Date registered: May 2006
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Just because people assume something to be legal or right, does not make it so. Thats why we have courts to interpret the law. Many states back in the 1950's the majority of citizens believed it should be illegal for Blacks to have equal protection under the law, and therefore be denied the same rights as white people. Had it not been for the Supreme Court in Brown v. Board of Education, and left to the citizens they still might not be protected under the law.
The consititution does not exist to protect the majority from the minority or popular speech from unpopular speech, but to protect those who need protection from a majority who would force their own points of views, beliefs, morals, religion on everyone else, while trying to eliminate any rights the minority may have that conflict with their own.
We refer to basic human rights like the freedom of speech and association, liberty, and equal treatment in court as civil rights, because they are fundamental rights that each and every citizen should not be denied on the basis of their sex, race, or religious belief. Not only were gay people denied of equal treatment in court ("de jure"), but they also have been victims of violence and harassment in our own society on the base of their sexual orientation ("de facto"). Equal protection of the law is guaranteed by the Fifth and Fourteenth Amendments and reinforced by hundreds of local, state and federal civil rights laws. Although the Fourteenth Amendment, ratified at the end of the Civil War, was designed to ensure legal equality for African Americans, Congress wrote it as a general guarantee of equality, and the courts have interpreted the Equal Protection Clause to prohibit discrimination.
The right to privacy, or "the right to be left alone," is guaranteed by the Fourth, Fifth, Ninth and Fourteenth Amendments. In 1965, Griswold v. Connecticut struck down a state law that prohibited married couples from obtaining contraceptives, citing "zones of privacy." In 1967, Loving v. Virginia decriminalized interracial marriage. The 1972 Eisenstadt v. Baird decision recognized unmarried persons' right to contraceptives. And in 1973, Roe v. Wade recognized women's right to reproductive choice. All of these Supreme Court decisions underscore the principle that decisions about intimate relationships are personal and should be left up to the individual.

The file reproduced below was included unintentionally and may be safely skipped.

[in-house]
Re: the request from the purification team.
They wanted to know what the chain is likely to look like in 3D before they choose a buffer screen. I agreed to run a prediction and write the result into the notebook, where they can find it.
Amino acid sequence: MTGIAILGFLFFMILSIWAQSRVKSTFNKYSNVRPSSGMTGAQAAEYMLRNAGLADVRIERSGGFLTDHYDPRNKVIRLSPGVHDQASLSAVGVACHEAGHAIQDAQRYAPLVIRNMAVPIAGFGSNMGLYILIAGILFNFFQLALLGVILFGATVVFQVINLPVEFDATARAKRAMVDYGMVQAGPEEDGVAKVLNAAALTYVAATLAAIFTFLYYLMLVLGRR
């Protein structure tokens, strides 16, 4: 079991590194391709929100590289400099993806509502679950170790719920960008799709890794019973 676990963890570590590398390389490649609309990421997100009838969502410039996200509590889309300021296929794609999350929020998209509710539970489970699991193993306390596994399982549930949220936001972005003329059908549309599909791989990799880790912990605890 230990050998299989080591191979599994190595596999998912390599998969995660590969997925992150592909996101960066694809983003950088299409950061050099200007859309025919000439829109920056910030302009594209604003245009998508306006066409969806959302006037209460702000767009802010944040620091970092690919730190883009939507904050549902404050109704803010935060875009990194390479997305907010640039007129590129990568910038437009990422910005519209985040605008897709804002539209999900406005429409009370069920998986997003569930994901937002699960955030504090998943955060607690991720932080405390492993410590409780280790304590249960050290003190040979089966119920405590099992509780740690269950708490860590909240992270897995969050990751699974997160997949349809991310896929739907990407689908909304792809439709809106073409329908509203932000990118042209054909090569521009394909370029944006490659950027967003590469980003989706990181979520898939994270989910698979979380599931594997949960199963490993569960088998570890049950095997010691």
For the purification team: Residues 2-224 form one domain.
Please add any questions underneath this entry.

As the Supreme Court explained in Romer v. Evans, there is nothing "special" about laws which prevent people from losing jobs and homes because of who they are. Most of us take the right to participate in daily life on an equal footing for granted, the Court said, either because we already have the right under the law, or because we are not subjected to that kind of discrimination. Laws which prohibit discrimination simply give LGBT people that basic right to be equal participants in the communities in which they live.
Denying lesbian and gay couples the right to wed not only deprives them of the social and spiritual significance of marriage; it has serious, often tragic, practical consequences. Since they can not marry, the partners of lesbians and gay men are not next of kin in times of crisis; they are not consulted on crucial medical decisions; they are not given leave to care for each other; they are not each other's legal heirs, if, like most Americans, they do not have wills. Marital status is often the basis on which employers extend health insurance, pension and other benefits.
"Protecting the Constitution vs Presidental powers is not about terrorism, but of doing what is right vs. what is easy. I choose doing right... where do you stand?"